Where Bipartisan Opportunities Exist for Tech Reform

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by TOM ROMANOFF

Big Tech is still in the cross hairs of Republicans and Democrats, but there is little consensus on regulating the industry. On the one hand, there is agreement that American tech is a world leader and one of our most vital industries. On the other hand, concerns have been expressed about Big Tech’s size and influence. As technology continues to play an increasingly dominant role in how we connect at work and home, we must get it right.

While Congress debates partisan tech agendas, the EU is passing laws that put them in the driver’s seat of data privacy and how our tech companies operate abroad. Russia and China continue to use cyber-attacks to gain insights into classified and sensitive information while influencing political debates worldwide. Bipartisan, pragmatic solutions are needed to keep American tech innovative and robust. Specifically, three strategies have broad support to advance this goal: Enhancing Data Privacy, Securing Cyberspace, and Funding Innovation.

Bipartisan, pragmatic solutions are needed to keep American tech innovative and robust.

Before diving into those strategies, let’s look at the probable next steps: Republicans will likely take the House next year and have been vocal about their interest in investigating perceived bias against conservative speech online. Few Democrats share this priority and have instead opted to introduce proposals in the 117th Congress around anti-trust and competition issues in the tech sector. If there is an opportunity for bipartisan legislation around curbing bias and misinformation online, it is in reforming Section 230 of the Communications Decency Act, either by adding carve-outs to the existing language or passing new laws to address issues that stem from misinformation online. Section 230 provides liability protection for platforms hosting content, but in recent years exemptions have been added or proposed to hold websites more accountable for harm stemming from their content. Democrats, in this scenario, will likely continue to press Big Tech through competition and anti-trust policy but will seek to do so through the federal agency authorities. With Special Assistant to the President Tim Wu, and Chair of the FTC Lina Khan leading an activist regulatory agenda, at a minimum, we can expect to see more from the DOJ, FTC, and CFPB around regulating the tech sector.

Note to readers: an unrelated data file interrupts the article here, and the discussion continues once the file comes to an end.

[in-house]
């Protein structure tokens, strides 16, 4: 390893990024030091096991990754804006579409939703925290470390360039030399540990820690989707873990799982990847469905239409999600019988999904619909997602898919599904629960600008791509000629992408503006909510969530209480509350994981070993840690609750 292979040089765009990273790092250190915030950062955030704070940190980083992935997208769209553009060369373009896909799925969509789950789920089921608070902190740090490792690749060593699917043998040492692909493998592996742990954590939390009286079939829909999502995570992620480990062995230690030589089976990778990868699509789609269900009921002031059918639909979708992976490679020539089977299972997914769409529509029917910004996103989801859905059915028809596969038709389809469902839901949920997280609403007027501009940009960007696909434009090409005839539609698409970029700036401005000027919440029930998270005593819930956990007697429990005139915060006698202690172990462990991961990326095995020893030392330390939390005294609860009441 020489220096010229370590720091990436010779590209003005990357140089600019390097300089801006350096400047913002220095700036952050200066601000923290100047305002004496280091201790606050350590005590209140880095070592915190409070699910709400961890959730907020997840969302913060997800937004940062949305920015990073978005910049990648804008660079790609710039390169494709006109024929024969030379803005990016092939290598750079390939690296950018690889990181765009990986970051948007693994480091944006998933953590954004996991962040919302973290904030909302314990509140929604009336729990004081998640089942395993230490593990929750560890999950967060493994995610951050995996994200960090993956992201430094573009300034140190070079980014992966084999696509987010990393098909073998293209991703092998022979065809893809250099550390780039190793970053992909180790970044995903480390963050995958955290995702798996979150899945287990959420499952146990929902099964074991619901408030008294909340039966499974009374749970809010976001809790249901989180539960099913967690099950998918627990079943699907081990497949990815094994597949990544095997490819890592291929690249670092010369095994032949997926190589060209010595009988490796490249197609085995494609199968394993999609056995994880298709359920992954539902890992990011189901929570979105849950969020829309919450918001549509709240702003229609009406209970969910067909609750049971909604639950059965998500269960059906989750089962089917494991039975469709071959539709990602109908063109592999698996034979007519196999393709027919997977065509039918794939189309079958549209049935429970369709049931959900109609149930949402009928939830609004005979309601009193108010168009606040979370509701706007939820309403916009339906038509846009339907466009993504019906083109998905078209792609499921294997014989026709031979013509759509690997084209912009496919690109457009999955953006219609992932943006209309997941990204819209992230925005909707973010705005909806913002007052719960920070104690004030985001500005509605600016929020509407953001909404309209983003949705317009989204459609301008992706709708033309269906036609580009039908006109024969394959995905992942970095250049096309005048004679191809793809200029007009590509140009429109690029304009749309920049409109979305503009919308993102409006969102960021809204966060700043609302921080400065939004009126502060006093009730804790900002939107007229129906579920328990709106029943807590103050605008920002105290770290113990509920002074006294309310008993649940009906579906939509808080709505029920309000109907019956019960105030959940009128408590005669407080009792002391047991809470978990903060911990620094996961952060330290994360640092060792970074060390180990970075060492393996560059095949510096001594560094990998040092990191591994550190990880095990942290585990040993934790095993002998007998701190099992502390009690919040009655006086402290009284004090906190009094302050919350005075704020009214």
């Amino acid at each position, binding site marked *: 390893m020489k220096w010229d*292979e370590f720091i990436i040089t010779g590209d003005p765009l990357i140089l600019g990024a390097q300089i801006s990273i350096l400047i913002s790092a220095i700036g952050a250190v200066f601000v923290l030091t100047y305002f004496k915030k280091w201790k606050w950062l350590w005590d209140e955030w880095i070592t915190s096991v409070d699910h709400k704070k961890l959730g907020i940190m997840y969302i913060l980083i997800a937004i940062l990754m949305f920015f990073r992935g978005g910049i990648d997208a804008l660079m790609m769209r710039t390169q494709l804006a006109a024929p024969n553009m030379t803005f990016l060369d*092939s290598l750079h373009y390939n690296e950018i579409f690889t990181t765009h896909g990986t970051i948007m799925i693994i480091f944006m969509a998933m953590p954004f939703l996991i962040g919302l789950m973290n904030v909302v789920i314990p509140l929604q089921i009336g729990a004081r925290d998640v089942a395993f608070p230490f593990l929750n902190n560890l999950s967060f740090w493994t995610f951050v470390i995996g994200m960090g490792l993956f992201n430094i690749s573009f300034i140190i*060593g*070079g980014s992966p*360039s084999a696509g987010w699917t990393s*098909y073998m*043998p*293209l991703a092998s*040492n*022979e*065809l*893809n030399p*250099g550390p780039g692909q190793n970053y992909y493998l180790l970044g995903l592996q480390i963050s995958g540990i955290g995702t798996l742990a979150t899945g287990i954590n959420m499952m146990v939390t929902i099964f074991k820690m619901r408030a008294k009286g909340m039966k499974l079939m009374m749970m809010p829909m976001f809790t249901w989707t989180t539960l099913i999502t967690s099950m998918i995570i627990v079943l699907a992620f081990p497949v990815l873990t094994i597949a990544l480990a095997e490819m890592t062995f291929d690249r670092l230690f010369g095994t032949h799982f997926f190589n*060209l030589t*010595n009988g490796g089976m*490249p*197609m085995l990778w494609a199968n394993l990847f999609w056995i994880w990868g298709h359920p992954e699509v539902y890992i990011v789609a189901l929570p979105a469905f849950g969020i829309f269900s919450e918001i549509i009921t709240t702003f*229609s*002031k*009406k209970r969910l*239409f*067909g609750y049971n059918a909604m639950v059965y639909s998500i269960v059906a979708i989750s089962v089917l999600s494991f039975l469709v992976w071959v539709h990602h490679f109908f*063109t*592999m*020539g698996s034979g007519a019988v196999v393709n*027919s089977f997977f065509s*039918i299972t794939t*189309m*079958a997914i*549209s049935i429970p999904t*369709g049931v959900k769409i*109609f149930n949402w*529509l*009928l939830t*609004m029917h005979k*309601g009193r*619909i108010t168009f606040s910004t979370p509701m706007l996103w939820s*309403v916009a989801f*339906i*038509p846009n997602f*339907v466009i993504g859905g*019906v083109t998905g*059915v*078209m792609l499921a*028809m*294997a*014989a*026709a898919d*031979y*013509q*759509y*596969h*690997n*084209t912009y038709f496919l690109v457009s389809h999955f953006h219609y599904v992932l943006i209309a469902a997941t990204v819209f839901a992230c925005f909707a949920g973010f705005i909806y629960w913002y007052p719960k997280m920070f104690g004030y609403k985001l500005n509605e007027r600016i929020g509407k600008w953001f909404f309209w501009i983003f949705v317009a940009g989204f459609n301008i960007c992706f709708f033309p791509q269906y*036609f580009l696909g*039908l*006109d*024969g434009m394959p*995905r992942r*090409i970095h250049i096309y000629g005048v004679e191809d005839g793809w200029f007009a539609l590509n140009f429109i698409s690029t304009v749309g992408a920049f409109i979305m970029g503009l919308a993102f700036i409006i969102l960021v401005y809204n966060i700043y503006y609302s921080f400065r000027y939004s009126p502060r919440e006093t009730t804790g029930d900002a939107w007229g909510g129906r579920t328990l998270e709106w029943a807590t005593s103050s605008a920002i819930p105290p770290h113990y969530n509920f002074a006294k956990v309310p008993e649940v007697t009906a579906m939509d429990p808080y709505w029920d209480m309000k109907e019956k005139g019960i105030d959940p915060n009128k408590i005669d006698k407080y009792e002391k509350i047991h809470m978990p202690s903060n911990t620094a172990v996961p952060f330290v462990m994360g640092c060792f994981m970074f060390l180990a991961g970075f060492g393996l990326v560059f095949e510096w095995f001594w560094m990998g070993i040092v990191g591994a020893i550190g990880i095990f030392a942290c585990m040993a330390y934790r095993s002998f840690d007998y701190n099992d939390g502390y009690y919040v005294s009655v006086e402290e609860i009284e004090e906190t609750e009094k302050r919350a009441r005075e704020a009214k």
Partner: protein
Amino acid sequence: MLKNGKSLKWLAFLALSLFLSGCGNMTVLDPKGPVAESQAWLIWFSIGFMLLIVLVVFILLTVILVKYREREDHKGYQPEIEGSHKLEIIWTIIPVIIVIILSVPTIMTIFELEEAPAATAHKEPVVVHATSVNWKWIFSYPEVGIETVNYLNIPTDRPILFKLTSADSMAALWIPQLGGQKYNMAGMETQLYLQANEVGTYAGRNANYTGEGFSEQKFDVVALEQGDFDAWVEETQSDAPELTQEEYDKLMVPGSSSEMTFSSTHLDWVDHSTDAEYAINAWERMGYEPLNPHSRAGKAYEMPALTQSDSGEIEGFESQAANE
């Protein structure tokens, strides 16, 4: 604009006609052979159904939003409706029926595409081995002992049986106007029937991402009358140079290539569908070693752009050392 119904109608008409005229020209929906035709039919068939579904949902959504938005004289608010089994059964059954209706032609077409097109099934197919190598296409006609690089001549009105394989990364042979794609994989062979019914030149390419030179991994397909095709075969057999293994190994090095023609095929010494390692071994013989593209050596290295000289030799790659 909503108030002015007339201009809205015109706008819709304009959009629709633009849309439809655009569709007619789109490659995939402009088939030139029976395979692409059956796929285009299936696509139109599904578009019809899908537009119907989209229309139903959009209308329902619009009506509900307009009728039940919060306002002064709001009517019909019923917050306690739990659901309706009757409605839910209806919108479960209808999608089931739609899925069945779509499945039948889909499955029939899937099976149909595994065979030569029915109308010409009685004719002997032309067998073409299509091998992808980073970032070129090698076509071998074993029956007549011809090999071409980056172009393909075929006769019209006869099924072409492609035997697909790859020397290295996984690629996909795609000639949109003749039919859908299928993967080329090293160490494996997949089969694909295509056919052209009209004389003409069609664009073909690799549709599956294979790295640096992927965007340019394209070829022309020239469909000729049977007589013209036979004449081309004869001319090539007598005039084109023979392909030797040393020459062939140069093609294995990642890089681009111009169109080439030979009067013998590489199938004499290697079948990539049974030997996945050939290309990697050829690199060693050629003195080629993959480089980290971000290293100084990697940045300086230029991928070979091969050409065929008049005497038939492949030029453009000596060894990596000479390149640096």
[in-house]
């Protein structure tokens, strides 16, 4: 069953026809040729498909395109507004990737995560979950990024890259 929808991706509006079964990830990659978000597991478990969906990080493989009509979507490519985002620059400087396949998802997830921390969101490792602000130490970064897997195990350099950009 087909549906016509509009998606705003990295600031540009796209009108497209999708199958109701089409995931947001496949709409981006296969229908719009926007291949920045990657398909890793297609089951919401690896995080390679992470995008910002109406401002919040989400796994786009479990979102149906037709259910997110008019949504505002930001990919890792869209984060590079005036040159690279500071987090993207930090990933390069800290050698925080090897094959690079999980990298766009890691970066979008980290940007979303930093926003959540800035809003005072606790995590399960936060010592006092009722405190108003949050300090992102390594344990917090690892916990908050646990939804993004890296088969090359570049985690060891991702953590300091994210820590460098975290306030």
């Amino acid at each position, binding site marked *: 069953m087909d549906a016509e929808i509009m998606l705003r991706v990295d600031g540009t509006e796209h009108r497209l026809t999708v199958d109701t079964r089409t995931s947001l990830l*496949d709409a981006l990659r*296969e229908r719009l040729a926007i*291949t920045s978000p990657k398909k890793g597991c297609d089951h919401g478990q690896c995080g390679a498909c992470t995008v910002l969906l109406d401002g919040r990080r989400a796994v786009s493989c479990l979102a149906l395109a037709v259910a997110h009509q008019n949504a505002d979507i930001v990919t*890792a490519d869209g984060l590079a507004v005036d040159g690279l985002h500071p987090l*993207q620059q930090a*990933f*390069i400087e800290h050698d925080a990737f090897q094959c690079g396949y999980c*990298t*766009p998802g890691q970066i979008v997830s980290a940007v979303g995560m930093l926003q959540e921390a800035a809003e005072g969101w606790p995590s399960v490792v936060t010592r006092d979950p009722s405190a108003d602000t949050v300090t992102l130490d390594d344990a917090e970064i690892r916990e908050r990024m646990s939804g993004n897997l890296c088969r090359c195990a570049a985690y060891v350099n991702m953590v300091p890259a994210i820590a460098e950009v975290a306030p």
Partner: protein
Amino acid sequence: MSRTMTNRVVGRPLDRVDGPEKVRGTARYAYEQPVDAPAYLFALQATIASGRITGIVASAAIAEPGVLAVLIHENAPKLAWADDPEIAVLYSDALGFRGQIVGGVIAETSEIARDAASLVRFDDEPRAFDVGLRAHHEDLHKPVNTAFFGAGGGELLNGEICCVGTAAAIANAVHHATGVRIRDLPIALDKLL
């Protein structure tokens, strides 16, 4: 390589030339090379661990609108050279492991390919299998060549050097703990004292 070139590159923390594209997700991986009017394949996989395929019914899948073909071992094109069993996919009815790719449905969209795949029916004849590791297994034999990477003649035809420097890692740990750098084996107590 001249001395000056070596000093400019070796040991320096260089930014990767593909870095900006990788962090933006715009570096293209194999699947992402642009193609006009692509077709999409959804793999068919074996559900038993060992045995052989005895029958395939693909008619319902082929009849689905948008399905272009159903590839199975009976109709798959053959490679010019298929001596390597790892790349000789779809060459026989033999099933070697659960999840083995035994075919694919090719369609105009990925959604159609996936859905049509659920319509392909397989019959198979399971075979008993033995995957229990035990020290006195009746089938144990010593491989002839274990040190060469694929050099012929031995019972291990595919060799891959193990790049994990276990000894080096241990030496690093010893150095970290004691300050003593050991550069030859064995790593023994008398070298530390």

Shifting back to opportunities for bipartisan solutions, let’s start with the most difficult – Enhancing Data Privacy. Congress has spent the last six sessions trying to pass a national data privacy law. Many believe, including me, that this is the root of techlash and that many other legislative proposals would benefit from applying federal law. The American Data Privacy and Protection Act is the latest bipartisan proposal that provides a new starting place for future considerations. With China and the European Union passing their data governance laws and US states increasingly passing their own, data privacy is increasingly dependent on the location of access. This could lead to excessive compliance costs, stalled innovation, and loss of opportunity for American citizens.

Cybersecurity is another strategy where we have seen strong bipartisan support and success in passing legislation to bolster the US digital infrastructure. Cyber ​​threats are a clear and persistent danger to Americans and must be addressed as soon as possible. Congress has several initiatives with bipartisan support that it can prioritize moving forward. These include digital identification measures to fight online fraud, supporting workforce development to train the next generation of cybersecurity professionals, and securing our digital supply chain.

Cybersecurity is another strategy where we have seen strong bipartisan support and success in passing legislation to bolster the US digital infrastructure.

The last strategy is funding innovation for the next generation of American tech leadership. Many of the technologies we enjoy today started in a government research lab. We can point to the Internet, the green revolution, and others as clear examples that show government investment in tech has yielded positive returns. We know that the next leap in technology is right around the corner. Quantum computing, AI, 6G, high-capacity batteries, and beyond are research areas that will fuel American innovation in the future. While these new technology areas are promising, the support network needed to ensure we can build these systems is at risk. USICA attempts to address this issue, but there is still a need to secure the materials, expertise, and capacity to build the systems for the next generation of tech. Bipartisan lawmakers should continue to prioritize these areas as a matter of national security.

Technology will continue to be more integrated into our lives. Congress should prioritize the areas mentioned in this piece to safeguard future iterations of technology. If we don’t, we risk yielding leadership to foreign competitors and stalling innovation at home.

Tom Romanoff is the Director of the Technology Project at the Bipartisan Policy Center.

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